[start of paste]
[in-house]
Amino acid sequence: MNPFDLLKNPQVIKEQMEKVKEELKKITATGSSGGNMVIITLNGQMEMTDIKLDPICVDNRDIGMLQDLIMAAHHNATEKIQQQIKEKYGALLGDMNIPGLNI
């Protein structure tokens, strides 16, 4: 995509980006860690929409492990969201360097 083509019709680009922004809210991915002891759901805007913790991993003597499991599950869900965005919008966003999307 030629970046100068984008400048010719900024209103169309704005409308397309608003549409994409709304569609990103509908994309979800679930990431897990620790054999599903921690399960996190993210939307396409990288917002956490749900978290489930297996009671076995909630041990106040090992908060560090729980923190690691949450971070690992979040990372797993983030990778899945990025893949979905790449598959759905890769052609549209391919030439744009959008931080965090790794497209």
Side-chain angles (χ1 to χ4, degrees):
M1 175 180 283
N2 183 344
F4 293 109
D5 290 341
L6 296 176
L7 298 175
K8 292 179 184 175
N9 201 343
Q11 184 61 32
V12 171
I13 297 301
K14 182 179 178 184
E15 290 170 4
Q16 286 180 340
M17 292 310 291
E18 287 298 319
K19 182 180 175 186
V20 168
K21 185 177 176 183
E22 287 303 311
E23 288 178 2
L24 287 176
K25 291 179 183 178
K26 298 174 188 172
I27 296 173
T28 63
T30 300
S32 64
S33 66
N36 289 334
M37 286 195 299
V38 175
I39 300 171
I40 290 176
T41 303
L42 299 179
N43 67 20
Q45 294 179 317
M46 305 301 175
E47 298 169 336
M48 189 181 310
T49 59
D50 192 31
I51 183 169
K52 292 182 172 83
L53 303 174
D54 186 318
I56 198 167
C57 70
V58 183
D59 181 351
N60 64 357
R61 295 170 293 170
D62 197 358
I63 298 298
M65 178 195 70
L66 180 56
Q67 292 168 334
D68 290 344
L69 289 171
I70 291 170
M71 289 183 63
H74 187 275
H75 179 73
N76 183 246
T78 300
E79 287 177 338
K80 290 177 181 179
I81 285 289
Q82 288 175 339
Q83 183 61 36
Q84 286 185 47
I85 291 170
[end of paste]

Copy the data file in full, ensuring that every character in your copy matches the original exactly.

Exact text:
[in-house]
Amino acid sequence: MNPFDLLKNPQVIKEQMEKVKEELKKITATGSSGGNMVIITLNGQMEMTDIKLDPICVDNRDIGMLQDLIMAAHHNATEKIQQQIKEKYGALLGDMNIPGLNI
């Protein structure tokens, strides 16, 4: 995509980006860690929409492990969201360097 083509019709680009922004809210991915002891759901805007913790991993003597499991599950869900965005919008966003999307 030629970046100068984008400048010719900024209103169309704005409308397309608003549409994409709304569609990103509908994309979800679930990431897990620790054999599903921690399960996190993210939307396409990288917002956490749900978290489930297996009671076995909630041990106040090992908060560090729980923190690691949450971070690992979040990372797993983030990778899945990025893949979905790449598959759905890769052609549209391919030439744009959008931080965090790794497209």
Side-chain angles (χ1 to χ4, degrees):
M1 175 180 283
N2 183 344
F4 293 109
D5 290 341
L6 296 176
L7 298 175
K8 292 179 184 175
N9 201 343
Q11 184 61 32
V12 171
I13 297 301
K14 182 179 178 184
E15 290 170 4
Q16 286 180 340
M17 292 310 291
E18 287 298 319
K19 182 180 175 186
V20 168
K21 185 177 176 183
E22 287 303 311
E23 288 178 2
L24 287 176
K25 291 179 183 178
K26 298 174 188 172
I27 296 173
T28 63
T30 300
S32 64
S33 66
N36 289 334
M37 286 195 299
V38 175
I39 300 171
I40 290 176
T41 303
L42 299 179
N43 67 20
Q45 294 179 317
M46 305 301 175
E47 298 169 336
M48 189 181 310
T49 59
D50 192 31
I51 183 169
K52 292 182 172 83
L53 303 174
D54 186 318
I56 198 167
C57 70
V58 183
D59 181 351
N60 64 357
R61 295 170 293 170
D62 197 358
I63 298 298
M65 178 195 70
L66 180 56
Q67 292 168 334
D68 290 344
L69 289 171
I70 291 170
M71 289 183 63
H74 187 275
H75 179 73
N76 183 246
T78 300
E79 287 177 338
K80 290 177 181 179
I81 285 289
Q82 288 175 339
Q83 183 61 36
Q84 286 185 47
I85 291 170